Preeclampsia Awareness Month Petition

first_img ShareEmailPrint To learn more, read: Posted on December 13, 2011June 19, 2017By: James N. Martin, MD, President, ACOGClick to share on Facebook (Opens in new window)Click to share on Twitter (Opens in new window)Click to share on LinkedIn (Opens in new window)Click to share on Reddit (Opens in new window)Click to email this to a friend (Opens in new window)Click to print (Opens in new window)Much of my professional life and many years of clinical research have focused upon the care of pregnant women with one of the “preeclampsias”. It is no surprise then that a major presidential initiative for ACOG this year has been a focus on this major cause of maternal morbidity and mortality in the United States. Early in 2011 a Hypertension in Pregnancy (HIP) Work Group was constituted from 16 carefully chosen experts, first meeting last July in Washington. Their task: review what is known about the preeclampsias and translate this information into guidance for best practice management for affected patients—give us order sets, practice guidelines and checklists to organize our thinking and standardize our practice.The HIP Work Group’s second meeting happened this past week and a third meeting is projected to occur in March—my hope is to see the process concluded in 2012 and the results disseminated to our membership and to the world’s OBGYNs.A new addition to the HIP Work Group is the executive director of the Preeclampsia Foundation, Eleni Tsigas, who is there to contribute data and advice from the patient’s perspective. One way to improve patient education and awareness of preeclampsia as an important pregnancy complication is to raise greater national awareness through every channel possible. ACOG and the Preeclampsia Foundation need to secure by the end of this month 2,500 signatures to an online petition in support of designating May as “Preeclampsia Awareness Month” on the National Health Observances Calendar. This national proclamation will help both organizations to further expand awareness, distribute educational information and enhance both patient and provider literacy about preeclampsia and related hypertensive disorders of pregnancy.If you are willing to help us, go to and take a few seconds to add your name to this worthwhile petition. Thank you for helping us make this happen.Share this:last_img read more

IHME Report Suggest “End of an Era” for Health Assistance, but MNCH Funding Continues to Grow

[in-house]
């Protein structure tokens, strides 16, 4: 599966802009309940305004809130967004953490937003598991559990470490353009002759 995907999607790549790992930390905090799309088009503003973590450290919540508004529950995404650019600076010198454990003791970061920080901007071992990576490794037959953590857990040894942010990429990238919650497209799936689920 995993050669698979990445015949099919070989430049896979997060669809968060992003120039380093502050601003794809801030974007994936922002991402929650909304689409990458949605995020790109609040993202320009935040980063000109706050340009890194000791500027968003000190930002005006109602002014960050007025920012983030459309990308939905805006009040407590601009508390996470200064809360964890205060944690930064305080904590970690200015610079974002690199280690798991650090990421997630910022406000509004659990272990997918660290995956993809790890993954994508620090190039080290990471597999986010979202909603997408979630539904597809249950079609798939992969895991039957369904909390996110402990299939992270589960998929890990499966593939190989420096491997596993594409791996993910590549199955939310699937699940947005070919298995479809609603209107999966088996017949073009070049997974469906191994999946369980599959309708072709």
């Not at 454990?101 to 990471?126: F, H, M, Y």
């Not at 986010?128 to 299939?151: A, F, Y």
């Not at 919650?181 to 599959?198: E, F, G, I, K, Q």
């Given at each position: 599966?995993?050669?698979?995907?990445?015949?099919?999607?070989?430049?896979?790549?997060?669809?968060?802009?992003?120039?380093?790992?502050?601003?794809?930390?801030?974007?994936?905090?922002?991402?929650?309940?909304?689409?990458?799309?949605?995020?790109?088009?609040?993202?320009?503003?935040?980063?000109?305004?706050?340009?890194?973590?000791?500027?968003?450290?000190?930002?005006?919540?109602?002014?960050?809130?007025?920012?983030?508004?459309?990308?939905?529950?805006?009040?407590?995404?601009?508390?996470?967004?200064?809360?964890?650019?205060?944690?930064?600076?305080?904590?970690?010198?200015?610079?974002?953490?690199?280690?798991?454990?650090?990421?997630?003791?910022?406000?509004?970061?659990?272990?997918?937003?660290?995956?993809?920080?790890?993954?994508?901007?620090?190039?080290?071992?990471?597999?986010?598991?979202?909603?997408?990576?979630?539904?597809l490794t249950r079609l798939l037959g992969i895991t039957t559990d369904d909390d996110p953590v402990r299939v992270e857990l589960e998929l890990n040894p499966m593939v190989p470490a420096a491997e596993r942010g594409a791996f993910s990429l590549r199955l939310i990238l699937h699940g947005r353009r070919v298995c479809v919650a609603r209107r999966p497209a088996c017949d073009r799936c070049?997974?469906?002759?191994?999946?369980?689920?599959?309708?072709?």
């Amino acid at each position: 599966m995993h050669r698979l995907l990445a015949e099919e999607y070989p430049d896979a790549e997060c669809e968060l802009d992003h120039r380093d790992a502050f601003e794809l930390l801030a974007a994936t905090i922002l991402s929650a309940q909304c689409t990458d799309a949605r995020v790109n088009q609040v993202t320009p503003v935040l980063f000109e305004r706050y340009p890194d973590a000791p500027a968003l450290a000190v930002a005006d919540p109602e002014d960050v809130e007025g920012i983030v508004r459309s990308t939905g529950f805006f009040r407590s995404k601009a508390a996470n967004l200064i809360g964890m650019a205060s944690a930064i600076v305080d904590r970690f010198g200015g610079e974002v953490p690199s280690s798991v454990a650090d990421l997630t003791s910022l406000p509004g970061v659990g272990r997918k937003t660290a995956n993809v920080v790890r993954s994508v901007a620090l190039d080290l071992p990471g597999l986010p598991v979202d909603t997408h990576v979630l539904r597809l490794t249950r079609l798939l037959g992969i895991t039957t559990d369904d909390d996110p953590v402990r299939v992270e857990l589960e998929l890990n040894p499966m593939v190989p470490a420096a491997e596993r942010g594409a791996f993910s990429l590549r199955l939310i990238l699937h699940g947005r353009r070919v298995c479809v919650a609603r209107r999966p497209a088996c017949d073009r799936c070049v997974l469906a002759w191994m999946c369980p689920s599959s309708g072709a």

first_img ShareEmailPrint To learn more, read: Posted on February 11, 2013March 21, 2017By: Sarah Blake, MHTF consultantClick to share on Facebook (Opens in new window)Click to share on Twitter (Opens in new window)Click to share on LinkedIn (Opens in new window)Click to share on Reddit (Opens in new window)Click to email this to a friend (Opens in new window)Click to print (Opens in new window)Last week, the Institute for Health Metrics and Evaluation (IHME) released, Financing for Global Health: The End of the Golden Era? its fourth annual report analyzing trends in Development Assistance for Health (DAH) from 1990 through 2009, with estimates through 2011.From the report:In this year’s report, IHME built on its past data collection and analysis efforts to monitor the resources made available through development assistance for health (DAH) and government health expenditure (GHE). It confirms what many in the global health community expected: After reaching a historic high in 2010, overall DAH declined slightly in 2011, with some organizations and governments spending more and others spending less.One of the areas where there has been an increase in spending is the overall area of maternal, newborn and child health, including family planning. In a chapter devoted to outlining investments by health area, the authors point out that while MNCH investments have not increased as dramatically as other areas, such as HIV/AIDS, increases have been steady, and, indeed, continued to grow since 2009, even as funding for other health issues has declined.The authors attribute this increase to some specific sources:The Every Woman Every Child initiative has received over $20 billion in commitments since its inception in 2010. In 2012, the London Summit on Family Planning also succeeded in mobilizing billions of dollars for MNCH. The debut of the spending associated with Every Woman Every Child and other maternal and child health initiatives is manifested in MNCH growth rates. In 2010, UNICEF spending on MNCH jumped 60.9% (the response to the earthquake in Haiti and the floods in Pakistan also contributed to this rise). MNCH DAH disbursements also grew significantly for the UK (38.8%). Other actors engaged in supporting MNCH also increased the DAH provided for the sector. A surge in funding for the WHO’s programs on MNCH (8.5%) as well as US bilateral (9.4%) and UNFPA support (2.3%) bolstered sector-wide growth.The report goes on to point out that the increased investments over the years have coincided with a decline in the proportion of the global burden of disease attributed to MNCH-related issues. In other words, these investments are paying off. This success makes the news that the European Union (EU) moved Friday to cut investments in global health and development overall particularly troubling. These cuts, which will affect the EU’s investments over the next seven years mark the first decrease in EU funding for international assistance in its history. While it is not quite clear what current investments will be affected most, some reports suggest that family planning programs are a likely target for cuts, a move that could hinder efforts to improve the health of women and children around the world.To read more, check out the full IHME report here, and NPR’s coverage of the report here.Share this:last_img read more